This book reminds us that some of the most significant advances in modern science have been made by men with a Christian worldview. We still recognize many of these names and remember the impact these men made on scientific thought. But for the most part, we have lost the memory of their Christian testimonies. My father began this book because he wanted to bring back the full memory of these men, showing their Christian faith as well as an overview of their scientific work.
Christian biography is a fascinating, edifying study. The men in this book faced the same problems that are common to all Christians: demanding family responsibilities and work pressures, temptations and difficult moral decisions, poor health and personal tragedies. A study of how these great men approached these matters is a most valuable undertaking.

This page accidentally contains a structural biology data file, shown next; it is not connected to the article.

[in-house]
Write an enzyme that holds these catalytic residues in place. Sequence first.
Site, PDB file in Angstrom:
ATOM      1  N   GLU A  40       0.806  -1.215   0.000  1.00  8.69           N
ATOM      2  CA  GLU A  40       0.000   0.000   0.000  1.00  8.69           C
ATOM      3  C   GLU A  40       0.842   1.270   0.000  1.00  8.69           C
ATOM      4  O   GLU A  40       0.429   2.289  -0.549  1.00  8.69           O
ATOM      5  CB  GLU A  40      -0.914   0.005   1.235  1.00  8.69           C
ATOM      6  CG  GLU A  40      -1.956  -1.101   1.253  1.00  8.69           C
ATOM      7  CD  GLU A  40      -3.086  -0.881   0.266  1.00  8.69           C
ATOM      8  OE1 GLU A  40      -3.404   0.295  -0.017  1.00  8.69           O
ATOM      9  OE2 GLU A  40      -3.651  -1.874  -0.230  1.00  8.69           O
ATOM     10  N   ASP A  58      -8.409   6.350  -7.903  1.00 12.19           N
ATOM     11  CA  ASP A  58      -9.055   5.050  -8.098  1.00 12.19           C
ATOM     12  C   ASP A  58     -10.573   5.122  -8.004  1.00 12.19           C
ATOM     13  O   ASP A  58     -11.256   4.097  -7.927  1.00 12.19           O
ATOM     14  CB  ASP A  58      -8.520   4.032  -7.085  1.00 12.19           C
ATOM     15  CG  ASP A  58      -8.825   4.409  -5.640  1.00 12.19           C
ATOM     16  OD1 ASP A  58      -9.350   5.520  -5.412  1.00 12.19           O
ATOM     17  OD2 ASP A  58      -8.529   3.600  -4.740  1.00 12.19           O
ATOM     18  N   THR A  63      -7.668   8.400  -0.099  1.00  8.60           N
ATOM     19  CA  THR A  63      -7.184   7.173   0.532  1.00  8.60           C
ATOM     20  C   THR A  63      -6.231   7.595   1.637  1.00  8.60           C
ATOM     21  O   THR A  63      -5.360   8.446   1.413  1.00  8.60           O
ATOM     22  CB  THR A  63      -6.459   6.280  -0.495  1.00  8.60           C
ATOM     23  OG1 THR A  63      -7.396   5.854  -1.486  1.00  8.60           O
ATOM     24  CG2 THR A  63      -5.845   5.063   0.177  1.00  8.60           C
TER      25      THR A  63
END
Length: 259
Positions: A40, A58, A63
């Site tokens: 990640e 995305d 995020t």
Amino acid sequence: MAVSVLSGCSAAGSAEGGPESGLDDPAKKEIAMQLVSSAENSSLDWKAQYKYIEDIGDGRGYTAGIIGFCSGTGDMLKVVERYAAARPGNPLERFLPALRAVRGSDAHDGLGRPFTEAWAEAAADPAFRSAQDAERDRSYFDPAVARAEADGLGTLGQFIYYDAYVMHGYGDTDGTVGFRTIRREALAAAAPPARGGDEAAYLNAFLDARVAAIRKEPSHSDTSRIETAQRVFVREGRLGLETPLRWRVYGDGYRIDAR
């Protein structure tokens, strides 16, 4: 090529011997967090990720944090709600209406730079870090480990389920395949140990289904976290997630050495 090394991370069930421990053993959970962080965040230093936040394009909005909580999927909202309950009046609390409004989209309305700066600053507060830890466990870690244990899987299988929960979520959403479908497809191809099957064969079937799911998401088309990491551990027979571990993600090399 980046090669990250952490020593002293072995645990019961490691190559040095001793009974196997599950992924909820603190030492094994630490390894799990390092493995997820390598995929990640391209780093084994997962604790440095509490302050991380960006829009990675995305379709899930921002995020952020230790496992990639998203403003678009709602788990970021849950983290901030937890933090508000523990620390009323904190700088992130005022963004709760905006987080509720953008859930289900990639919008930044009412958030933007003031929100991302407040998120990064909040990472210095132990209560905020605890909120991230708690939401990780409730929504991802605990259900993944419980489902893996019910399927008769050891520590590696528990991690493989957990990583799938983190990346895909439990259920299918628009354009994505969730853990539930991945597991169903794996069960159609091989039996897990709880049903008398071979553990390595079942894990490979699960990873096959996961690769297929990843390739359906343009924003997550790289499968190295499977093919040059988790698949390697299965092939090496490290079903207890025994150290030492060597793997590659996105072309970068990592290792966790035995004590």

I enjoyed reading how the faith of each scientist couple with his curiosity to understand God's creation was an important influence on their various areas of study. Their drive to learn was not self serving. Rather they used what they learned to benefit others and glorify God. I learned some new details about these scientists. For example I did not know that Kepler collaborated with Tycho Brahe for only a year and a half before Brahe died. I also admire the humility of Michael Faraday and how he used his skill to bind books that he acquired at a young age to spark his love for reading and self-education. Lastly, even the story of how the author followed through with the commitment she promised her father years earlier to complete this book of biographies is heart warming. The book is an easy read, and the chapter divisions depicting each scientist serve as natural breaking points.